Noise Cancellation and the Modern Soundscape
Inside Bose’s decades long project to make noise better.
The Sound of Innovation met with Bose Senior Engineer, Dan Gauger at Bose’s corporate HQ in Boston to talk about the physics and history behind Bose’s newest line of noise-canceling headphones.
In 1978 while on a Swissair flight, Dr. Amar Bose was preoccupied by a problem. The low, persistent drone of the plane’s engine was interfering with the sound coming from his headphones.
Is there a way, he wondered, to cancel out the noise while retaining the desired sound? He had an idea it might be possible.
It’s a simple one, really: in physics, any sound wave can be cancelled by an inverse wave. If a microphone within the headset were to detect the noise reaching someone’s ears, could the headphones issue an opposite sound wave that neutralizes, say, the drone of a jet engine? Dr. Bose immediately began conceptualizing how such a device might work while still in the air. By the time his plane touched down, he had outlined the fundamental mathematics of what it would take to solve this problem.
Those mathematics became the technology known as active noise cancellation — a term that’s been appropriated by imitators in the decades since that flight. The term refers to headphones that use a microphone to detect the noise you hear, then issue an inverse sound wave that cancels out the unwanted sound. If you’ve never tried them, activating a pair of Bose noise-canceling headphones feels like hitting the mute button on the world. It’s why the Bose name is on the side of the headphones you see on passengers’ heads all over the world.
Planes, of course, aren’t the only problem. The modern civilian soundscape is dense with ambient noise, especially in major cities. Plain and simple: noisy environments can be distracting, uncomfortable, and health-hazardous.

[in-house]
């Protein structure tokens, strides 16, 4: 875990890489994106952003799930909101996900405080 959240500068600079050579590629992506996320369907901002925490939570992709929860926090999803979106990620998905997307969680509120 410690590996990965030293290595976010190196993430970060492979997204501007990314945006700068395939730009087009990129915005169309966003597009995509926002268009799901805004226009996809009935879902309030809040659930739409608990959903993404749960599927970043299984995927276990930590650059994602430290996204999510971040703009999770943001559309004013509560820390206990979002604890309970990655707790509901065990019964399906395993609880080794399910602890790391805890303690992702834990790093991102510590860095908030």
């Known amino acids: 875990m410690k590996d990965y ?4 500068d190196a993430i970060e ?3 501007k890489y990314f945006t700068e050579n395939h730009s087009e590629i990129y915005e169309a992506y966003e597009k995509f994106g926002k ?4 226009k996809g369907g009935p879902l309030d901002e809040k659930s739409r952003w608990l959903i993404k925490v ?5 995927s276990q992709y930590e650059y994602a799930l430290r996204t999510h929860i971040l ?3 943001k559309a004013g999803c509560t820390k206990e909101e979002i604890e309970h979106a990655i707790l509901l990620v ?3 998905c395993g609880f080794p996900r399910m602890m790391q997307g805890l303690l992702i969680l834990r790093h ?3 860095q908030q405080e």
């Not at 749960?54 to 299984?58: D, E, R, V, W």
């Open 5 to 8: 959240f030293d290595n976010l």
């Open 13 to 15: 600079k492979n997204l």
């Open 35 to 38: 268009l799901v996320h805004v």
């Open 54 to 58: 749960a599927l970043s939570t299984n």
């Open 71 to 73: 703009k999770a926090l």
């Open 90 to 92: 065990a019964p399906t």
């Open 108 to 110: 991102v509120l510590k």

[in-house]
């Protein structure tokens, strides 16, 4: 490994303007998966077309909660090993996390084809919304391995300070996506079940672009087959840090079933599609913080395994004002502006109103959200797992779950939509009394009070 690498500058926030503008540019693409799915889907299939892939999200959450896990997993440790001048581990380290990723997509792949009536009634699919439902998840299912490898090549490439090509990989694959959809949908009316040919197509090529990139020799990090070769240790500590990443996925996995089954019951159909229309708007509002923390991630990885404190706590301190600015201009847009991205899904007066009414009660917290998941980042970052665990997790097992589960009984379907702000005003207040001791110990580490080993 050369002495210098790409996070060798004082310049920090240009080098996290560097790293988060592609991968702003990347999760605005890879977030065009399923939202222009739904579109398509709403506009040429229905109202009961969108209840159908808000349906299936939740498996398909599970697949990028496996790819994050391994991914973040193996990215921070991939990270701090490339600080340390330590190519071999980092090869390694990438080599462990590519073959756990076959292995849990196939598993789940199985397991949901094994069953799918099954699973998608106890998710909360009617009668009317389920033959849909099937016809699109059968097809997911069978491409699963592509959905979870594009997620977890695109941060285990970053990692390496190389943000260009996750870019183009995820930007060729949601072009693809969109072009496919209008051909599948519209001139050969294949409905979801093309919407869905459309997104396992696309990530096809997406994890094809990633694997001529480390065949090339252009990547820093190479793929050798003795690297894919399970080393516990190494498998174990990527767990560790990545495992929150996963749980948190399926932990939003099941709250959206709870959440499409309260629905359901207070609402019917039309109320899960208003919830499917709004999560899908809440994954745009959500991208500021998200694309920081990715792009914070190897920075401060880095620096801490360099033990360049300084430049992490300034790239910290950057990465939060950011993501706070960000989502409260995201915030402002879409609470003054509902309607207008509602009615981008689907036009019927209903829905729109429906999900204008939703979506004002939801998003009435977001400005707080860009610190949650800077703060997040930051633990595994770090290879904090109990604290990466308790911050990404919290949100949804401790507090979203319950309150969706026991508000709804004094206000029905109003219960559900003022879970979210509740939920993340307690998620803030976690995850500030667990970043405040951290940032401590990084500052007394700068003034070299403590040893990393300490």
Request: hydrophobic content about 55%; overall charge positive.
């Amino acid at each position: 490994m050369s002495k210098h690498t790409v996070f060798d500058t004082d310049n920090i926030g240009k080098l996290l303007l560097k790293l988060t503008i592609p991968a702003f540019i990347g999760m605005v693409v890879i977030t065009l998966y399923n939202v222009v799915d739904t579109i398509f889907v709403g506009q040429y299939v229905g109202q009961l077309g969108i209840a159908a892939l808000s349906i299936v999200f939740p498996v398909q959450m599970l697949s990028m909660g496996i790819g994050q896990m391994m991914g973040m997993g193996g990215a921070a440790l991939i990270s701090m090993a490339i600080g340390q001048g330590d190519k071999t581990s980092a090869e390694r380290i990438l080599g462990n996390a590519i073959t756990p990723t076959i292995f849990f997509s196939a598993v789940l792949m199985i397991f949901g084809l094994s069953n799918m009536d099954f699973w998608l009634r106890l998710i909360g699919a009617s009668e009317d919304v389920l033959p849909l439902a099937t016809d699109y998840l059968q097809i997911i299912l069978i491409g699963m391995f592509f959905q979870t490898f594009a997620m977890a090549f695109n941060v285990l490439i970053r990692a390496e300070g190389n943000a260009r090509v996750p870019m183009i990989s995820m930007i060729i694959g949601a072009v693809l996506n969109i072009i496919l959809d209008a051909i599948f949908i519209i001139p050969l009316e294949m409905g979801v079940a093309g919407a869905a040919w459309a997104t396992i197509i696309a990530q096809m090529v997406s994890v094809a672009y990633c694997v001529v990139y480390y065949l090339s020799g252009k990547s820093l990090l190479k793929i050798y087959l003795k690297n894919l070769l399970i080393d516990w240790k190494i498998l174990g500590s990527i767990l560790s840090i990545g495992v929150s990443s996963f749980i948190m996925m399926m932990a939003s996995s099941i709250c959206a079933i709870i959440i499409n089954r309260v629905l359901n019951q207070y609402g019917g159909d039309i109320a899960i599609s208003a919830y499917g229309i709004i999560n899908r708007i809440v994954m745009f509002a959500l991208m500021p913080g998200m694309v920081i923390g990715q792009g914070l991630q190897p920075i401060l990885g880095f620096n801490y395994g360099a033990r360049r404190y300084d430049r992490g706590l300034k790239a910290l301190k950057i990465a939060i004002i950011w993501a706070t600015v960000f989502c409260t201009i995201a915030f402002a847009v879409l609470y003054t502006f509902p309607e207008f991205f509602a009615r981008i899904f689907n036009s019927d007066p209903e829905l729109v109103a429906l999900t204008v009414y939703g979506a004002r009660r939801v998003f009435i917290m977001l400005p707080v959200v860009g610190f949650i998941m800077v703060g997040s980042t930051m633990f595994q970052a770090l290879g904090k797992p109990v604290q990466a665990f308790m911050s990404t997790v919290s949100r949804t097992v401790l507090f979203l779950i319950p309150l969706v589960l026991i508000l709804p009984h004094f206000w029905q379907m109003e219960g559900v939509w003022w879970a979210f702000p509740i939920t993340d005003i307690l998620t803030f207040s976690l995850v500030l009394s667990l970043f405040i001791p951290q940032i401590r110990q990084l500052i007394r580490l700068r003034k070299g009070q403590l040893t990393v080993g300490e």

In fact, research conducted in 2015 revealed that the second-most frequent complaint made to 311 in New York City is noise — second only to complaints about lacking heat or hot water.
Bose noise cancellation technology works on lower-frequency sounds: idling cars, trucks, subways, loud parties, air conditioners, any noise you’ve probably accepted as an inescapable side effect of modern life.
Bose’s headphones have been actively reacting within fractions of a millisecond to any sound — from the roar of a jet engine to traffic noise to the ambience of a busy open office area — no matter how random — for more than 26 years. The result is industry-leading performance that’s been imitated elsewhere, but never duplicated.
More importantly, decades of in-house research at Bose are steadily pushing the boundary of what noise can be attacked actively. Today, faster chips, advanced software and integration of Bluetooth radios have led to the brand’s first wireless models — the QuietControl 30 and QuietComfort 35, which debuted this month.
The QC30 Bluetooth earbuds are incredibly liberating. They’re compact and light enough to make you want to use them in every environment. Having no wires to snag on exercise equipment or subway turnstiles means unencumbered movement.
In major metropolitan areas like Boston — near where Bose is based — or New York City or San Francisco, put on a pair of the wireless QC30s while walking, and it’s like you’re out for a walk in the woods. It feels comfortable and calm.